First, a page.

You’ve got an incredible new business idea and you need financing. It’s as easy as a quick trip to the bank, right? After the bank’s loan officer manages to stop laughing enough to talk, he may suggest you try bootstrapping until your business is more successful.
Before you head for the closet to find that ratty pair of hiking boots from last summer, I’d better tell you that bootstrapping actually has nothing to do with shoes. In business, this term simply means starting a new business and keeping it running without financial backing from a bank or investor. Instead, you fund the business yourself and only buy the things you absolutely most have. (Despite what the guy at the office supply says, an executive leather swivel chair is rarely a must.)
I know what you’re thinking – If I could fund the business myself, I wouldn’t be asking for a loan! Actually, even most wealthy entrepreneurs ask for loans or find other investors when they are starting new businesses, because they don’t want to tie up their money.
How Bootstrapping Works
Many people use credit cards to fund their new business. Some simply pay off one credit card with the other as the monthly bills roll in. (Paying one credit card with another is not a good idea, by the way.) Others try to pay at least part of the monthly balance with household money, which brings up another source of income-friends and family. Sure, finding a big investor is hard, but maybe you can convince good ol’ sis to vacation in her backyard this summer and lend you the three thousand she was going to spend on a luxury cruise. Just don’t overdo the borrowing; you don’t want to create hard feelings.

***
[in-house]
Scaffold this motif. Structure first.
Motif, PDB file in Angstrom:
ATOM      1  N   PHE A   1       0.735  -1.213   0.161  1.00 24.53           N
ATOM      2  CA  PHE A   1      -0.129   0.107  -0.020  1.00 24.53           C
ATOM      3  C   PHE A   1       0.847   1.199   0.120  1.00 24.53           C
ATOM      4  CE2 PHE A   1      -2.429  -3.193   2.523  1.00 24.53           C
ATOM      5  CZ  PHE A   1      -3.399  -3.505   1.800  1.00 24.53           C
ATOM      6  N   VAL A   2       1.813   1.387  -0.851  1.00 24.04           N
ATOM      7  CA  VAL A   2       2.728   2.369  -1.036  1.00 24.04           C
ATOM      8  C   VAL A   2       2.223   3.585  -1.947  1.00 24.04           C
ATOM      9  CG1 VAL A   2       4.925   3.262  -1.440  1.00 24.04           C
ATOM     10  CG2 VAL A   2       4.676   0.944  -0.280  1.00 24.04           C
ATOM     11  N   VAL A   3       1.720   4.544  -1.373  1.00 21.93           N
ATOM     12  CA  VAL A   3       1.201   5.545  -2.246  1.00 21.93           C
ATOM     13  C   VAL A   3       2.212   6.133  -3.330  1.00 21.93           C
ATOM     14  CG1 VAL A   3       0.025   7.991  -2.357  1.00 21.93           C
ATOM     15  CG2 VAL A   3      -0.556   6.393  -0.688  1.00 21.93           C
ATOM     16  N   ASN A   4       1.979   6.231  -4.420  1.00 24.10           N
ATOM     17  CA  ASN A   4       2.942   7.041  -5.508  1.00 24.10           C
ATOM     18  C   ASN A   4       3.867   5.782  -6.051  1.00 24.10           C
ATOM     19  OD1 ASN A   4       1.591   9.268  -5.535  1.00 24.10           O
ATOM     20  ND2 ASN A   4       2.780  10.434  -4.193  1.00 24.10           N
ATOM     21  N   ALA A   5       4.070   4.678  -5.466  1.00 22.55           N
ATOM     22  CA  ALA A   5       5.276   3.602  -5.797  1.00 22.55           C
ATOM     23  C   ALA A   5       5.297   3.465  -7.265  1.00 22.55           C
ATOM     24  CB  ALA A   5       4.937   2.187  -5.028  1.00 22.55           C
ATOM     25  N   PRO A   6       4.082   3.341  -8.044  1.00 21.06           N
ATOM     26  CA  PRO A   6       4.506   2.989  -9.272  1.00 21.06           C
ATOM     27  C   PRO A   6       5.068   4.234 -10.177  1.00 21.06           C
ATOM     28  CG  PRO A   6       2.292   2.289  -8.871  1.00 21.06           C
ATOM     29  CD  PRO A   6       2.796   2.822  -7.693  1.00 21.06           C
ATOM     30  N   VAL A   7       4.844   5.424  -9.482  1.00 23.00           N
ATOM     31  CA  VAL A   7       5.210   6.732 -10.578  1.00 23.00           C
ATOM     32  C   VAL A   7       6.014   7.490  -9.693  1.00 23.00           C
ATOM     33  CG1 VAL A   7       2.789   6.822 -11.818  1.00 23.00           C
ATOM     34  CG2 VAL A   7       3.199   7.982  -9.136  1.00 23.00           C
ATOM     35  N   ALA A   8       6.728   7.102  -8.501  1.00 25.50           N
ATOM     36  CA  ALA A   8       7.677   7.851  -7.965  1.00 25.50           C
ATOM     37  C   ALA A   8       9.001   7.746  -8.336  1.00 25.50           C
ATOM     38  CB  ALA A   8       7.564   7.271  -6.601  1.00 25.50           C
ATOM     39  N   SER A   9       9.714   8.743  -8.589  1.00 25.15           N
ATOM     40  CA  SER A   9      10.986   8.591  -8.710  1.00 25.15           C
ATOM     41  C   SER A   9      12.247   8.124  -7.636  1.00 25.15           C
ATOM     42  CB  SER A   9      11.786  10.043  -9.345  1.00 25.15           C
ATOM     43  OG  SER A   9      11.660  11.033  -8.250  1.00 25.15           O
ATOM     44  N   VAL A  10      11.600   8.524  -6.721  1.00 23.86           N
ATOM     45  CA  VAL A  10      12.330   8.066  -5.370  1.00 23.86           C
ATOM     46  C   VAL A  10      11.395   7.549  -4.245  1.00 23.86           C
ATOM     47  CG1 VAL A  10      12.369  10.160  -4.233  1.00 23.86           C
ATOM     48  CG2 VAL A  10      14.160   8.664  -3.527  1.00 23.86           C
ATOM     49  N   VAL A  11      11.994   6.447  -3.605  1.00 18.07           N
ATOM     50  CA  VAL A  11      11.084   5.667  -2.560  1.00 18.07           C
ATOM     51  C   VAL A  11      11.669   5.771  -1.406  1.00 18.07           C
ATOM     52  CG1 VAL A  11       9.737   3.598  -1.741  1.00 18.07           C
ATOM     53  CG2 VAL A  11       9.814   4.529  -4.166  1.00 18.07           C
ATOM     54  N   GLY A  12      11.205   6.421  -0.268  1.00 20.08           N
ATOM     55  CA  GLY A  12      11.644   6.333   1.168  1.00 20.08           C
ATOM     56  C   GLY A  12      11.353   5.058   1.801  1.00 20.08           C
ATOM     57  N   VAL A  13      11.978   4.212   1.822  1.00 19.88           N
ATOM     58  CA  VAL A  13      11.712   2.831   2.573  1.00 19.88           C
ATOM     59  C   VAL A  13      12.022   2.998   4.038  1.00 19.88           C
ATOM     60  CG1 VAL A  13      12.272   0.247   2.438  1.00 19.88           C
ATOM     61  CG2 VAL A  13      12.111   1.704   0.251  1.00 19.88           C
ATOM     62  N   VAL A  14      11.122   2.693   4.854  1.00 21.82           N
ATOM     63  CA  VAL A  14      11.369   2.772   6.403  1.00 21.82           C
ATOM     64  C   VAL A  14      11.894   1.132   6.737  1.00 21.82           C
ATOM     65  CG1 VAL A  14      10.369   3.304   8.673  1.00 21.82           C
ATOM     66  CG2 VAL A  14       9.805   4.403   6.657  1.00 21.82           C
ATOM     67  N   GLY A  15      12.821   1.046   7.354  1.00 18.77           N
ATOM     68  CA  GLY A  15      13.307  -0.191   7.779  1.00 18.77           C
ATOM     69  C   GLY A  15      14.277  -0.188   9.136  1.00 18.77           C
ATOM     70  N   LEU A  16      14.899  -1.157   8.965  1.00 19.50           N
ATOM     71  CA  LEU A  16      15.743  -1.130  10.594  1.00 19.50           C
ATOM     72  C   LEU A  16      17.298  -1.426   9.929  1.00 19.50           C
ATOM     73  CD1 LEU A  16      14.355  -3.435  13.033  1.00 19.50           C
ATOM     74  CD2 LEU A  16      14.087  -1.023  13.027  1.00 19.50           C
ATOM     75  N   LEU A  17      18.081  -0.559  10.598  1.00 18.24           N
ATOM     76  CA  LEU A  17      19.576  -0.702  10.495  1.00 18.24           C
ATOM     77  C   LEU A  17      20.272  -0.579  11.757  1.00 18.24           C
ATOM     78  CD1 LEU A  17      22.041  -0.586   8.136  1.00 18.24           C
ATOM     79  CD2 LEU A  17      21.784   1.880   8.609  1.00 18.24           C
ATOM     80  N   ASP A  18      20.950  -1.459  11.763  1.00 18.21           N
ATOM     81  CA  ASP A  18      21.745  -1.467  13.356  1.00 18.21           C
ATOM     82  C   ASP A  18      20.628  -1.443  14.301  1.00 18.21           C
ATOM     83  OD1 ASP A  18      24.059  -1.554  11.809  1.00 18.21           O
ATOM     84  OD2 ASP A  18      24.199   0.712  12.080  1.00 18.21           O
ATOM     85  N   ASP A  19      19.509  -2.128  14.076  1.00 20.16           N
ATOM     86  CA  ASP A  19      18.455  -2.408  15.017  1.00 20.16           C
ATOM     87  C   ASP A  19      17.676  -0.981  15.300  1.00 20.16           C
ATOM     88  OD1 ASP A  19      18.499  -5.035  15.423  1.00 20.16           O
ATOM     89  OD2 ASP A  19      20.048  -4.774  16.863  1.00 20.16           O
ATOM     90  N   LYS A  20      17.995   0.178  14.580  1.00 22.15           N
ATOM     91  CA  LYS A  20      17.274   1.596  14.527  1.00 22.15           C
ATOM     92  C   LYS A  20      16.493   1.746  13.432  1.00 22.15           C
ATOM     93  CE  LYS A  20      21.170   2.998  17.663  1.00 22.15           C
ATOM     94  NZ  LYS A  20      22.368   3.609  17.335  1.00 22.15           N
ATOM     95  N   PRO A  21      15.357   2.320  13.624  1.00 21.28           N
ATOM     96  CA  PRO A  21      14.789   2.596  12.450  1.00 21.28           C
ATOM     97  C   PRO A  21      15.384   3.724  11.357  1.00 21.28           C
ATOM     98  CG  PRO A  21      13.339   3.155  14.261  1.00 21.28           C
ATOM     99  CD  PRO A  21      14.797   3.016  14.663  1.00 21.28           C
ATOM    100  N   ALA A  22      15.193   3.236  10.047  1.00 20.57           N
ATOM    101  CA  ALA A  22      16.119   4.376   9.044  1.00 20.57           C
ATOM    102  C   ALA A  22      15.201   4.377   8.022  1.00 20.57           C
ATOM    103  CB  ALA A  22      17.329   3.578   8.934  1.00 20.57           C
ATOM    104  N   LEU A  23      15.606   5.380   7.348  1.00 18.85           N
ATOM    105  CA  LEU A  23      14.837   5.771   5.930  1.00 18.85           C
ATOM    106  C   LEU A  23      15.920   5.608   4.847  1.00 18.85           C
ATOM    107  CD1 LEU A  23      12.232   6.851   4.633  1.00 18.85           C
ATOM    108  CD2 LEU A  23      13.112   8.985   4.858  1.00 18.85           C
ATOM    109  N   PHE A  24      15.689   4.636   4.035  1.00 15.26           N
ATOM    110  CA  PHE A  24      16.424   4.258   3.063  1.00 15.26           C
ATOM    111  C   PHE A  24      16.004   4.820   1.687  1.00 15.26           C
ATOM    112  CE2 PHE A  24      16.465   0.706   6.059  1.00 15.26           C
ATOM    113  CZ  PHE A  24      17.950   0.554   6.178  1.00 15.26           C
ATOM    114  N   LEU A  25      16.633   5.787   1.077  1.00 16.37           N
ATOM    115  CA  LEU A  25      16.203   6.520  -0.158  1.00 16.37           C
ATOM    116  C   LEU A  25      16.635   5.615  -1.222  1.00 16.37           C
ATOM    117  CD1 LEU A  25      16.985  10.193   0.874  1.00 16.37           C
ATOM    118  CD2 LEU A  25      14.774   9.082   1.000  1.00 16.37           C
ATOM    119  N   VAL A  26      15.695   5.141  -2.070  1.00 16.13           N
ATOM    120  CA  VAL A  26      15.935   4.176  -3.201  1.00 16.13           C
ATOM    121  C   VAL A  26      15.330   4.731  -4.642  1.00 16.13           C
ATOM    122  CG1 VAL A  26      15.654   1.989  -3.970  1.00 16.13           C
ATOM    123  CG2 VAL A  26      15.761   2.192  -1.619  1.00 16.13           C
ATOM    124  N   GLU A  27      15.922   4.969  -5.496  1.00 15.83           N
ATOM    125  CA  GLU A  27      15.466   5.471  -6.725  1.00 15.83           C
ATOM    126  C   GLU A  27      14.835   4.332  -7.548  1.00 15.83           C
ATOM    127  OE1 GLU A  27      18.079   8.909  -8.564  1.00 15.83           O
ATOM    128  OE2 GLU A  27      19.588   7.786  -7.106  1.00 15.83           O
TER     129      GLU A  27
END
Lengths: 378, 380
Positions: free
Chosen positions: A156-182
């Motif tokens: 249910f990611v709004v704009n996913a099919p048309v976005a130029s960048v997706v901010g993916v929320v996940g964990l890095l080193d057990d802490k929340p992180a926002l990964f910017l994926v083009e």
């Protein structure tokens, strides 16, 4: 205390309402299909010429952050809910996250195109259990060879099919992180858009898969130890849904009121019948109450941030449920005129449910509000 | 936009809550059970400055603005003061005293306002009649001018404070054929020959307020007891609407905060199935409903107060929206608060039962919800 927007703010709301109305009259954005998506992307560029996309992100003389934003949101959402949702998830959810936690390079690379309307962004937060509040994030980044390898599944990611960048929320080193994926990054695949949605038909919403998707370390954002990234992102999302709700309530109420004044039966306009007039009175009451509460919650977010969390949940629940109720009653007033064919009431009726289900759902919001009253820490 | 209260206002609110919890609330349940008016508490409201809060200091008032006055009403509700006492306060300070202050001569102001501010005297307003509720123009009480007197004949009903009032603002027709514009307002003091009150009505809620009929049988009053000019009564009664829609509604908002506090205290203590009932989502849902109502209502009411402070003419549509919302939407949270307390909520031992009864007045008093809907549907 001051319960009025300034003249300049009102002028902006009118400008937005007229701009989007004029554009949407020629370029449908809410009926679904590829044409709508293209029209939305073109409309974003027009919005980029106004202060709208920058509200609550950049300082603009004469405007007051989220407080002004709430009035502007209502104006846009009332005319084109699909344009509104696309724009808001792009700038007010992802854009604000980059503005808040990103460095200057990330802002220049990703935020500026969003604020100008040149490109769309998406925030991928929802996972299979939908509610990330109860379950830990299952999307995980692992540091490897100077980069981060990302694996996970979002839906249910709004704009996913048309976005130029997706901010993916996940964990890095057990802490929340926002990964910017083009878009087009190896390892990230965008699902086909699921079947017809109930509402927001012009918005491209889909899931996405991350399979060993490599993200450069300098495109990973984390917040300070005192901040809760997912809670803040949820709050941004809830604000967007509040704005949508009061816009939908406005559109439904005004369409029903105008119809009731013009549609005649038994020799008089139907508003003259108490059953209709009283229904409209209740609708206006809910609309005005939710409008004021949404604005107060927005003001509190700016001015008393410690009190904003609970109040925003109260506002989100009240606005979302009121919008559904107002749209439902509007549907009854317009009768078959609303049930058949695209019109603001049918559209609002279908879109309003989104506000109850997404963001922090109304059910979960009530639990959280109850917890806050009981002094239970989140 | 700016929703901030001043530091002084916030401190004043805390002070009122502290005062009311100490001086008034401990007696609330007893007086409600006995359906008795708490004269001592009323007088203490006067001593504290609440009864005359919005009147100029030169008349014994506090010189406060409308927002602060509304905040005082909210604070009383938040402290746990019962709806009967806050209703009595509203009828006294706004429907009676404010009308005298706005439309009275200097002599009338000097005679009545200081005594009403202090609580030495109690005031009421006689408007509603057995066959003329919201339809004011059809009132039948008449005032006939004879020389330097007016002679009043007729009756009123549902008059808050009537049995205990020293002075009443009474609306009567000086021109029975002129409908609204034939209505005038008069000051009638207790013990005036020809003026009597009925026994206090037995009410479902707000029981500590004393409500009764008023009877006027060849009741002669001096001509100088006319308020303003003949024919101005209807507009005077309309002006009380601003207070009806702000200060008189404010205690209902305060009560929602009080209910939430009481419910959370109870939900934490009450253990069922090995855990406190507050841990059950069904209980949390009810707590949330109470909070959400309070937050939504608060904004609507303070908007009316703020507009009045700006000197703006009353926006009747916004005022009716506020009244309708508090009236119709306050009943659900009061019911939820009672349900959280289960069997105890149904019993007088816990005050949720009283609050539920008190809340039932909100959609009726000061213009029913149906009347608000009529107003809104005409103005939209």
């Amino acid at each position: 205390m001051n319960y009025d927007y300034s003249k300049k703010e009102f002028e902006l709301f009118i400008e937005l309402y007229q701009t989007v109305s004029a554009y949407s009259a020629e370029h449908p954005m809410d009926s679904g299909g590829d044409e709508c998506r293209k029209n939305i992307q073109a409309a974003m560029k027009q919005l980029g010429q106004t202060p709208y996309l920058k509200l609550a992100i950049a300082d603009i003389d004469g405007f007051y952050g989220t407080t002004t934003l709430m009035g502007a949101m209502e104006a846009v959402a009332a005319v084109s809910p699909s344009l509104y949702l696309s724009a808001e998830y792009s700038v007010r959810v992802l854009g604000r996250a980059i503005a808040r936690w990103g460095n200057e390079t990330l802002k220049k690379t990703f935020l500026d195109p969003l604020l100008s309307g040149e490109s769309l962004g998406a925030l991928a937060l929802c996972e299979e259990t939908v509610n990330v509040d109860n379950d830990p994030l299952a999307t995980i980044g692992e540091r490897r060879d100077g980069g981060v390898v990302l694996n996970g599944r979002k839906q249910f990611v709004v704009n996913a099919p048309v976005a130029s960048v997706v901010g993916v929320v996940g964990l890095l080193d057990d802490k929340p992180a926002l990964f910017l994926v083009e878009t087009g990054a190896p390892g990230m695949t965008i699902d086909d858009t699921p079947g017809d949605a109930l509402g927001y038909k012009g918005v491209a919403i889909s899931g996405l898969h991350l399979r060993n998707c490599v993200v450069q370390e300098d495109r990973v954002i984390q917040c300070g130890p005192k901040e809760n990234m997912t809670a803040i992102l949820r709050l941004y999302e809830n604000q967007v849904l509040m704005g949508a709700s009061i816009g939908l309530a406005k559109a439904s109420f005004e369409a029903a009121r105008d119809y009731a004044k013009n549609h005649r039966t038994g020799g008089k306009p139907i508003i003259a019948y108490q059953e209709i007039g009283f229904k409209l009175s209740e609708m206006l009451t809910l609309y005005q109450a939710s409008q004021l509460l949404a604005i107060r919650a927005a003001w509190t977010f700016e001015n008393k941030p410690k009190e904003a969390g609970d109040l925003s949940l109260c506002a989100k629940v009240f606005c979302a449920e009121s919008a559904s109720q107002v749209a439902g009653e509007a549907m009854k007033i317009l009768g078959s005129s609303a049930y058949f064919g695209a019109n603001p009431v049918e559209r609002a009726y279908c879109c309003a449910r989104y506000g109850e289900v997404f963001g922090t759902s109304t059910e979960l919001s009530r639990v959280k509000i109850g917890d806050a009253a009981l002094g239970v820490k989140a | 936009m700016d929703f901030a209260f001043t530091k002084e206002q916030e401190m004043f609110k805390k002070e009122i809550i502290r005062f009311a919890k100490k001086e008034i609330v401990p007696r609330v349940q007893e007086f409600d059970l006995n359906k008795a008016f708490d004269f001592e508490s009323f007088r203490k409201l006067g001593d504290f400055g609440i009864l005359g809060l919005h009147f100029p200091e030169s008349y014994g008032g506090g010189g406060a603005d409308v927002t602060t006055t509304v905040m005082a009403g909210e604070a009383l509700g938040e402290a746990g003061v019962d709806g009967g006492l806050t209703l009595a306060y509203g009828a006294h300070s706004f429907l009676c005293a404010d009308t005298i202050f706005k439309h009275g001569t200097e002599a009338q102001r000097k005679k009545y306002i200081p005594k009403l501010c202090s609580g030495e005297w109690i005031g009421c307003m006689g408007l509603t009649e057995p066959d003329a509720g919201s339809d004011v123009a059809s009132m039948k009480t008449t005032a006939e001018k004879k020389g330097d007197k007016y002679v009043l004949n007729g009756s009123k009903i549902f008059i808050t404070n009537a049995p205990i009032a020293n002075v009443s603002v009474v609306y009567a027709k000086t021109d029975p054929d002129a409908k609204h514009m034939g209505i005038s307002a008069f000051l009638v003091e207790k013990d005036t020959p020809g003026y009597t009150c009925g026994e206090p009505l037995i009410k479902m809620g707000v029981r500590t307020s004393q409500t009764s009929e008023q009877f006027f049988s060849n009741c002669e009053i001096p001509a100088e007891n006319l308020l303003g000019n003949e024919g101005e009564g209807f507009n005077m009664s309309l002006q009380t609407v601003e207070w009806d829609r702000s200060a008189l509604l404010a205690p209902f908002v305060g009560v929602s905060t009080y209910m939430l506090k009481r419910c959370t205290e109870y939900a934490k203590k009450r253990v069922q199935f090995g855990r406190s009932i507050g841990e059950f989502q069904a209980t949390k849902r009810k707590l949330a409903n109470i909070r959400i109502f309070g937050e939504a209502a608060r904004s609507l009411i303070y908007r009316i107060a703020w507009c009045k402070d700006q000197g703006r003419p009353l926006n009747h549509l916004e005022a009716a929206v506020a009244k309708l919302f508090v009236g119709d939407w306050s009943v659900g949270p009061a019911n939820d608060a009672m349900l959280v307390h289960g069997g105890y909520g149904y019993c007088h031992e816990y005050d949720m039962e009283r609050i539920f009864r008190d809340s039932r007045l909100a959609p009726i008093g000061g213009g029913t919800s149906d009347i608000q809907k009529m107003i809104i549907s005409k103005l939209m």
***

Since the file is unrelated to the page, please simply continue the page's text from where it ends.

Once you have a way to purchase the necessities, be creative with the rest of your needs. Comparison shop, ask for specials, or trade services with someone else. For some terrific ideas on how to make your money stretch while bootstrapping, check out Secrets of Bootstrapping.
By the way, I’d love to hear your ideas for starting a new business on next to nothing, and I’m sure everyone else would, too.
Originally posted on August 9, 2007 @ 3:52 pm
9 thoughts on “New Business Financing – Bootstrapping Your Way to Success”
I’m a big fan of personally financing businesses in the early going. While I completely understand people’s hesitation to put their own money on the line, let me ask you this: are you not confident enough to bet on yourself?
If not, then maybe you shouldn’t be heading down that route…
Very true. Also, I think a lot of people simply try harder when they are using their own money.
I know someone who received over $50,000 to start a business that could easily have been started for much less-his office was in his spare bedroom and he did most of his work on the phone. A year later, he has given up his business and is doing delivery work.
I am for doing things as cheap as possible. My fax is eFax, my office phone is a Skype line, so is David’s. I have incredible simple business cards from Vistaprint. I use Paypal and Quickbook’s Merchant Processing for credit card payments. You can still run a professional operation without a huge office, a huge staff, or a bunch of other overhead.
And Vistaprint does beautiful work. Some people say that using them is unprofessional, but I disagree. If they say this to me in person, I whip out one of my business cards and ask them to show me the card from their “professional” printer. 9 times out of 10, mine look nicer!